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Micah Godfrey v. Tony Ross

November 30, 2011



Plaintiff Micah Godfrey brought this action against defendants Tony Ross, City of Tulelake (the "City"), Dan Silva, Siskiyou County (the "County"), Travis Hall, Terry Harris, Laura Bellasalma, United States of America, Erin Martin, and Ross Market arising out of defendants' allegedly wrongful violation of plaintiff's Fourth, Fifth, and Fourteenth Amendment rights. Presently before the court are the County's motion to dismiss the Complaint pursuant to Federal Rule of Civil Procedure 12(b), (Docket No. 7), and Ross and the City's joint motion to dismiss the Complaint pursuant to Rule 12(b), to strike portions of the Complaint pursuant to Rule 12(f), and for a more definitive statement pursuant to Rule 12(e), (Docket No. 17).

I. Factual and Procedural Background

On January 21, 2010, plaintiff alleges that he was shopping at Jock's Market when Martin pulled a gun on him. Plaintiff alleges that Martin was angry at him for not shopping at the grocery store owned by Ross, Martin's step-father, and because plaintiff is bisexual, part Native-American, and bipolar. (Compl. ¶¶ 29, 30.)

On March 11, 2010, plaintiff was arrested at the Lava Beds National Park on gun charges. (Id. ¶ 37.) Plaintiff was subsequently taken to the Tulelake City jail. (Id.)

Plaintiff alleges that while he was held in jail, defendants committed rape, sodomy, sexual assault, assault, and battery against plaintiff. (Id. ¶¶ 38, 45, 104.) Plaintiff further alleges that Silva zapped him with a Taser at least 15 times, (id. ¶ 41), and repeatedly punched, kicked, and hit him with a baton (Id. ¶ 50). Plaintiff alleges that Ross was motivated to harm him because of plaintiff's prior encounter with Martin, Ross's step-daughter, and because he is bisexual, part Native American, a user of medical marijuana, bipolar, and watches television shows that are adverse to authority figures, and that the other defendants knew of this motivation and "joined in." (Id. ¶ 51.) Plaintiff claims that these actions were in violation of his Fourth, Fifth, and Fourteenth Amendment rights.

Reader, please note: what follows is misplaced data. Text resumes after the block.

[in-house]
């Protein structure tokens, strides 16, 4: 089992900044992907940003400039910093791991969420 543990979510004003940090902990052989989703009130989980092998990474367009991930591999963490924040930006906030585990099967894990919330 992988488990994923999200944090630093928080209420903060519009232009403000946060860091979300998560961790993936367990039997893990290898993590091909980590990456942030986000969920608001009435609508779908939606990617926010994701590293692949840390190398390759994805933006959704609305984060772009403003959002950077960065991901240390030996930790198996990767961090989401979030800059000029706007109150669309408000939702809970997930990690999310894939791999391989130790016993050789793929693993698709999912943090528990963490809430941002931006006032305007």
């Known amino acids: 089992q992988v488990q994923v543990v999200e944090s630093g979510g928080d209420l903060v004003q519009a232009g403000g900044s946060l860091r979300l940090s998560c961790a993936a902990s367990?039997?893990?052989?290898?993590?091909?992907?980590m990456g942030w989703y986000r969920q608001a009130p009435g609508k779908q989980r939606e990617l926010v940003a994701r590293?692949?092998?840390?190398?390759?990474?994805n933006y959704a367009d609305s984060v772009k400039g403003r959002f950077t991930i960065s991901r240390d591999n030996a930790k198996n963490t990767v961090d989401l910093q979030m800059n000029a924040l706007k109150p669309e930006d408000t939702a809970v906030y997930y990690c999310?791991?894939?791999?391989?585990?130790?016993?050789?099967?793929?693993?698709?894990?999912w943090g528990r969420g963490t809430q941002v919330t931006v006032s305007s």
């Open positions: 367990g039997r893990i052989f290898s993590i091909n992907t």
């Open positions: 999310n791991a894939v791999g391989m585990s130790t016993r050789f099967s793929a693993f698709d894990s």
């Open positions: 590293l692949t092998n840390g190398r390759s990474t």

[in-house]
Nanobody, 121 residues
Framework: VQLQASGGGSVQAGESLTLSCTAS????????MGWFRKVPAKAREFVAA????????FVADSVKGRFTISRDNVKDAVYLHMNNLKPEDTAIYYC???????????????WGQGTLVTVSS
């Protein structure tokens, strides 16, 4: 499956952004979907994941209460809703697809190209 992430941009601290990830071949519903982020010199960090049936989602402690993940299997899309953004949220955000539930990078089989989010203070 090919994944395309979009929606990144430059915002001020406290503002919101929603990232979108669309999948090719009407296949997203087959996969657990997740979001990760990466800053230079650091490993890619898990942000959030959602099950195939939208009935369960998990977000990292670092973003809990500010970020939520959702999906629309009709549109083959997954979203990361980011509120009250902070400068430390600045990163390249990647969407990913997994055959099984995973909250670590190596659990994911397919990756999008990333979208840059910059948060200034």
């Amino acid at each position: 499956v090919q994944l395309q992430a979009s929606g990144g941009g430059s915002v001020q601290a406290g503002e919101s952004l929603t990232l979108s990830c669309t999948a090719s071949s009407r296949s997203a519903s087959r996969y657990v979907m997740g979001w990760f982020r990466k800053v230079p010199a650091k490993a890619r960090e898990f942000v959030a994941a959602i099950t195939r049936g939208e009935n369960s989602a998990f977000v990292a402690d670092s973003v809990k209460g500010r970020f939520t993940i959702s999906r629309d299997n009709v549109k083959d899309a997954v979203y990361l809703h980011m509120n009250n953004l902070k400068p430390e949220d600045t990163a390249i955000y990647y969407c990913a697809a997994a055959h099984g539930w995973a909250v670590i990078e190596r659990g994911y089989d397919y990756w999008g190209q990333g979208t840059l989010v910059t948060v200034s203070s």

(Id. ¶¶ 25, 26, 57, 58, 64, 66, 76.)

In December 2010, plaintiff submitted two petitions pursuant to California Government Code section 911.4 to the County of Siskiyou and City of Tulelake, asking to file an untimely Notice of Claims. (Id. ¶ 15; County's Mot. to Dismiss at 6:25-27.) The petitions were denied. (Compl. ¶ 15.) During 2011, pursuant to California Government Code section 946.6, plaintiff filed a petition with the Siskiyou County Superior Court for relief from the government claims notice requirements as to the County and City. (Id. ¶ 17.) The petition was denied. (Id. ¶¶ 17-18.)

Plaintiff filed his Complaint in this case on August 30, 2011, alleging seven claims for relief. The County, City, and Ross are named in the third and fourth claims: a state law tort claim of sexual assault, rape, sodomy, and battery; and a state law tort claim of assault with a deadly weapon and hands and feet. (Id. ¶¶ 86, 92.) Ross is also named in the first claim for violations of the Federal Civil Rights Act, 42 U.S.C. § 1983. (Id. ¶ 24.)

III. Discussion

A. Motions to Dismiss